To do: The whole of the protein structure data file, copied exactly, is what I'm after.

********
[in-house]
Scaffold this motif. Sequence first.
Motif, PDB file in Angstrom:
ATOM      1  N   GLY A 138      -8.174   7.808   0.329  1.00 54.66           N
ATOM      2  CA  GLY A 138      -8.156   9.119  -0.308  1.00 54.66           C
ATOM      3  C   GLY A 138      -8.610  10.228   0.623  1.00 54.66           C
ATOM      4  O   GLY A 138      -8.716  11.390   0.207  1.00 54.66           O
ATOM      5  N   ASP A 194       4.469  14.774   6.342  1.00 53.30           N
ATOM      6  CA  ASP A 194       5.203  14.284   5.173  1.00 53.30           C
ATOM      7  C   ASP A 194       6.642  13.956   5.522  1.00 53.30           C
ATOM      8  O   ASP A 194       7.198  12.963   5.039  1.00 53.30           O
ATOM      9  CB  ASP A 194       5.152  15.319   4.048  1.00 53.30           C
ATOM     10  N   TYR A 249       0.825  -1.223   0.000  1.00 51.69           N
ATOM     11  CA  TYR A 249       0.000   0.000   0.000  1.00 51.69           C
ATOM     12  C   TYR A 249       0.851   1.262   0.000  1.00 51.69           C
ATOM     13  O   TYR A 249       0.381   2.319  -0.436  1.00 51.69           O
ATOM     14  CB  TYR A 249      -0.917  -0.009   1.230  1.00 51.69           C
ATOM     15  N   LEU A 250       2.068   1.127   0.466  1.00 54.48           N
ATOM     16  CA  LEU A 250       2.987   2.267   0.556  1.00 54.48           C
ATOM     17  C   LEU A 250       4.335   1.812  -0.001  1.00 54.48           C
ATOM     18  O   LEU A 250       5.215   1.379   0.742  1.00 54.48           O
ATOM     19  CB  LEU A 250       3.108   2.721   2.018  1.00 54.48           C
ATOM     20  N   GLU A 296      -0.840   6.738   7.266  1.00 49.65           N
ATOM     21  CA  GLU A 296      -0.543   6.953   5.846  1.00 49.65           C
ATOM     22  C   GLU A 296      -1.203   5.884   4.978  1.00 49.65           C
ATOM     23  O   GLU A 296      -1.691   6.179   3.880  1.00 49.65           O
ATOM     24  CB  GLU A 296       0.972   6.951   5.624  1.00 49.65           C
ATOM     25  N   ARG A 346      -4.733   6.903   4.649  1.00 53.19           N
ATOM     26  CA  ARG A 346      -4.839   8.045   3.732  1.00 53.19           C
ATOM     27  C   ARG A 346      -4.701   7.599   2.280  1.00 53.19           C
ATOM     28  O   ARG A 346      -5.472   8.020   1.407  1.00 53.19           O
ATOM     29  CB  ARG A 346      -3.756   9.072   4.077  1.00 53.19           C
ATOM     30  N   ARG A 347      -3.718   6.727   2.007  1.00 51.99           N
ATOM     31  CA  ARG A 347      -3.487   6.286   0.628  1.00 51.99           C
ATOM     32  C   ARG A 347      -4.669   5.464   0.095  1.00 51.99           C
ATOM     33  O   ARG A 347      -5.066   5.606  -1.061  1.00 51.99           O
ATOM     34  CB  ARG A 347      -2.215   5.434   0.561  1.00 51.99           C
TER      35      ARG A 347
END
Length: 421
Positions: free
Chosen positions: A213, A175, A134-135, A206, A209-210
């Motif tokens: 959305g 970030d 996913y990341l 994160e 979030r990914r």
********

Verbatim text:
[in-house]
Scaffold this motif. Sequence first.
Motif, PDB file in Angstrom:
ATOM      1  N   GLY A 138      -8.174   7.808   0.329  1.00 54.66           N
ATOM      2  CA  GLY A 138      -8.156   9.119  -0.308  1.00 54.66           C
ATOM      3  C   GLY A 138      -8.610  10.228   0.623  1.00 54.66           C
ATOM      4  O   GLY A 138      -8.716  11.390   0.207  1.00 54.66           O
ATOM      5  N   ASP A 194       4.469  14.774   6.342  1.00 53.30           N
ATOM      6  CA  ASP A 194       5.203  14.284   5.173  1.00 53.30           C
ATOM      7  C   ASP A 194       6.642  13.956   5.522  1.00 53.30           C
ATOM      8  O   ASP A 194       7.198  12.963   5.039  1.00 53.30           O
ATOM      9  CB  ASP A 194       5.152  15.319   4.048  1.00 53.30           C
ATOM     10  N   TYR A 249       0.825  -1.223   0.000  1.00 51.69           N
ATOM     11  CA  TYR A 249       0.000   0.000   0.000  1.00 51.69           C
ATOM     12  C   TYR A 249       0.851   1.262   0.000  1.00 51.69           C
ATOM     13  O   TYR A 249       0.381   2.319  -0.436  1.00 51.69           O
ATOM     14  CB  TYR A 249      -0.917  -0.009   1.230  1.00 51.69           C
ATOM     15  N   LEU A 250       2.068   1.127   0.466  1.00 54.48           N
ATOM     16  CA  LEU A 250       2.987   2.267   0.556  1.00 54.48           C
ATOM     17  C   LEU A 250       4.335   1.812  -0.001  1.00 54.48           C
ATOM     18  O   LEU A 250       5.215   1.379   0.742  1.00 54.48           O
ATOM     19  CB  LEU A 250       3.108   2.721   2.018  1.00 54.48           C
ATOM     20  N   GLU A 296      -0.840   6.738   7.266  1.00 49.65           N
ATOM     21  CA  GLU A 296      -0.543   6.953   5.846  1.00 49.65           C
ATOM     22  C   GLU A 296      -1.203   5.884   4.978  1.00 49.65           C
ATOM     23  O   GLU A 296      -1.691   6.179   3.880  1.00 49.65           O
ATOM     24  CB  GLU A 296       0.972   6.951   5.624  1.00 49.65           C
ATOM     25  N   ARG A 346      -4.733   6.903   4.649  1.00 53.19           N
ATOM     26  CA  ARG A 346      -4.839   8.045   3.732  1.00 53.19           C
ATOM     27  C   ARG A 346      -4.701   7.599   2.280  1.00 53.19           C
ATOM     28  O   ARG A 346      -5.472   8.020   1.407  1.00 53.19           O
ATOM     29  CB  ARG A 346      -3.756   9.072   4.077  1.00 53.19           C
ATOM     30  N   ARG A 347      -3.718   6.727   2.007  1.00 51.99           N
ATOM     31  CA  ARG A 347      -3.487   6.286   0.628  1.00 51.99           C
ATOM     32  C   ARG A 347      -4.669   5.464   0.095  1.00 51.99           C
ATOM     33  O   ARG A 347      -5.066   5.606  -1.061  1.00 51.99           O
ATOM     34  CB  ARG A 347      -2.215   5.434   0.561  1.00 51.99           C
TER      35      ARG A 347
END
Length: 421
Positions: free
Chosen positions: A213, A175, A134-135, A206, A209-210
């Motif tokens: 959305g 970030d 996913y990341l 994160e 979030r990914r």